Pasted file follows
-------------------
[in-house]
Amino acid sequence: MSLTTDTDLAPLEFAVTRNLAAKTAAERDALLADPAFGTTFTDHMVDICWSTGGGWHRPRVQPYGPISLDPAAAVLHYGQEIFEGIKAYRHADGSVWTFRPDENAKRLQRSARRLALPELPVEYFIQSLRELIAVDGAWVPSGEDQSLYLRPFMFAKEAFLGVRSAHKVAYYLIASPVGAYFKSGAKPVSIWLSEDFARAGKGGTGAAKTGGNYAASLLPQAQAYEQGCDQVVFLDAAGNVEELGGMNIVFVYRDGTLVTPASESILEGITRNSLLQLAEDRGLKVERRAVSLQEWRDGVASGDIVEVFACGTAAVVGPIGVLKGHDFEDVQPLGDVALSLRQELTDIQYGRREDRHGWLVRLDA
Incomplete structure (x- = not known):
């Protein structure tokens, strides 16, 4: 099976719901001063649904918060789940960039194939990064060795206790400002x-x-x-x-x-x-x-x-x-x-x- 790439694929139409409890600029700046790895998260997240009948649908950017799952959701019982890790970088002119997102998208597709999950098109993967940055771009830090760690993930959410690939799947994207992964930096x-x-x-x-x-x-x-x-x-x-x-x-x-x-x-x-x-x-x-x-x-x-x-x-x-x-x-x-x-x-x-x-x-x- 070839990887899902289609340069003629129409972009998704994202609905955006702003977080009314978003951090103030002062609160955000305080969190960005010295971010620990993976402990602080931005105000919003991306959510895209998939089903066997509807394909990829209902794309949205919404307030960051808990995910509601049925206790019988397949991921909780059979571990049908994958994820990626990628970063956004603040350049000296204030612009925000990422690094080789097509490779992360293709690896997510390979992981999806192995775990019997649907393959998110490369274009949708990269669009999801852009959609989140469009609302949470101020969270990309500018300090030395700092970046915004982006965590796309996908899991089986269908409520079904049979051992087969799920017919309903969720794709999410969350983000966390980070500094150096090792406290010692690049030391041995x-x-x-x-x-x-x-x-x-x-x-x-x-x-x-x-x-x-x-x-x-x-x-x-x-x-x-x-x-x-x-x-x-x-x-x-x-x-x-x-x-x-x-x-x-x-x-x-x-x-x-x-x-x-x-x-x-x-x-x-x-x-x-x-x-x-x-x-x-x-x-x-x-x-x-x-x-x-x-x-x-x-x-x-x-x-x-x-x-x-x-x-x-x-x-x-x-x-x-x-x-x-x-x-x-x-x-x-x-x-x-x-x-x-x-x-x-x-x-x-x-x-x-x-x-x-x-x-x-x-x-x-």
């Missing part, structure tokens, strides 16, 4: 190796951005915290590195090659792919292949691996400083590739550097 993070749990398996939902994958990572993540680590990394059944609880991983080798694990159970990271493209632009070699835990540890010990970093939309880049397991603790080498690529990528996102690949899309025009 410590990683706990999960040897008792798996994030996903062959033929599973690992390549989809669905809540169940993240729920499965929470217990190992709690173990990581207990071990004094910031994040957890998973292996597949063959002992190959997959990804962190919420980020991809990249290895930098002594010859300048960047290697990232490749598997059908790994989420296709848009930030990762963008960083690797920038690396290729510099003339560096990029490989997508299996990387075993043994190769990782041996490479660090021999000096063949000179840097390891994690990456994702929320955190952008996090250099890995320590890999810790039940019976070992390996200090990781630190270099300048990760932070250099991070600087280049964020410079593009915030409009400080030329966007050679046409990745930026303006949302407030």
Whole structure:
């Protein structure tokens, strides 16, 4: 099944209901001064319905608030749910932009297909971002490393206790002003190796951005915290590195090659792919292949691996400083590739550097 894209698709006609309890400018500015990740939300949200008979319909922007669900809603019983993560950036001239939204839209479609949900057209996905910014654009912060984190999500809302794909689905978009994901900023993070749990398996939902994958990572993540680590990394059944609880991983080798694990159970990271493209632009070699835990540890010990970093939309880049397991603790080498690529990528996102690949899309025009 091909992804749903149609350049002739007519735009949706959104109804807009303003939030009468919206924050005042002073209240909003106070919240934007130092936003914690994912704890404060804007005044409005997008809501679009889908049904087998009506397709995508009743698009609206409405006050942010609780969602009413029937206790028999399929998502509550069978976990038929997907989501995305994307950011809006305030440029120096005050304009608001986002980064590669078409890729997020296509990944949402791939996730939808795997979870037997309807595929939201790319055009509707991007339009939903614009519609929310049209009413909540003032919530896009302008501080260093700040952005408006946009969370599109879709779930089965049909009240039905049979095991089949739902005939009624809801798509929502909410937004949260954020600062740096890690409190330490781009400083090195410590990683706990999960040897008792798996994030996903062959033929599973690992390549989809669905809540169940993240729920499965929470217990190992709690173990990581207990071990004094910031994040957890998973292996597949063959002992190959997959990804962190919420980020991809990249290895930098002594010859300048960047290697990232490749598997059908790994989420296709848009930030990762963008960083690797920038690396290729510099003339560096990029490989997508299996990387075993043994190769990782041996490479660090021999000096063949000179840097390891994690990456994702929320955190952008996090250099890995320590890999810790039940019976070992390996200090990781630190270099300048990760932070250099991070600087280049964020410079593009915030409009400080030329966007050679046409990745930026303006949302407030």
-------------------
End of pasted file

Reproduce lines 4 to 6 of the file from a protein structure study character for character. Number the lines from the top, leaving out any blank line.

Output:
């Protein structure tokens, strides 16, 4: 099976719901001063649904918060789940960039194939990064060795206790400002x-x-x-x-x-x-x-x-x-x-x- 790439694929139409409890600029700046790895998260997240009948649908950017799952959701019982890790970088002119997102998208597709999950098109993967940055771009830090760690993930959410690939799947994207992964930096x-x-x-x-x-x-x-x-x-x-x-x-x-x-x-x-x-x-x-x-x-x-x-x-x-x-x-x-x-x-x-x-x-x- 070839990887899902289609340069003629129409972009998704994202609905955006702003977080009314978003951090103030002062609160955000305080969190960005010295971010620990993976402990602080931005105000919003991306959510895209998939089903066997509807394909990829209902794309949205919404307030960051808990995910509601049925206790019988397949991921909780059979571990049908994958994820990626990628970063956004603040350049000296204030612009925000990422690094080789097509490779992360293709690896997510390979992981999806192995775990019997649907393959998110490369274009949708990269669009999801852009959609989140469009609302949470101020969270990309500018300090030395700092970046915004982006965590796309996908899991089986269908409520079904049979051992087969799920017919309903969720794709999410969350983000966390980070500094150096090792406290010692690049030391041995x-x-x-x-x-x-x-x-x-x-x-x-x-x-x-x-x-x-x-x-x-x-x-x-x-x-x-x-x-x-x-x-x-x-x-x-x-x-x-x-x-x-x-x-x-x-x-x-x-x-x-x-x-x-x-x-x-x-x-x-x-x-x-x-x-x-x-x-x-x-x-x-x-x-x-x-x-x-x-x-x-x-x-x-x-x-x-x-x-x-x-x-x-x-x-x-x-x-x-x-x-x-x-x-x-x-x-x-x-x-x-x-x-x-x-x-x-x-x-x-x-x-x-x-x-x-x-x-x-x-x-x-």
């Missing part, structure tokens, strides 16, 4: 190796951005915290590195090659792919292949691996400083590739550097 993070749990398996939902994958990572993540680590990394059944609880991983080798694990159970990271493209632009070699835990540890010990970093939309880049397991603790080498690529990528996102690949899309025009 410590990683706990999960040897008792798996994030996903062959033929599973690992390549989809669905809540169940993240729920499965929470217990190992709690173990990581207990071990004094910031994040957890998973292996597949063959002992190959997959990804962190919420980020991809990249290895930098002594010859300048960047290697990232490749598997059908790994989420296709848009930030990762963008960083690797920038690396290729510099003339560096990029490989997508299996990387075993043994190769990782041996490479660090021999000096063949000179840097390891994690990456994702929320955190952008996090250099890995320590890999810790039940019976070992390996200090990781630190270099300048990760932070250099991070600087280049964020410079593009915030409009400080030329966007050679046409990745930026303006949302407030």
Whole structure: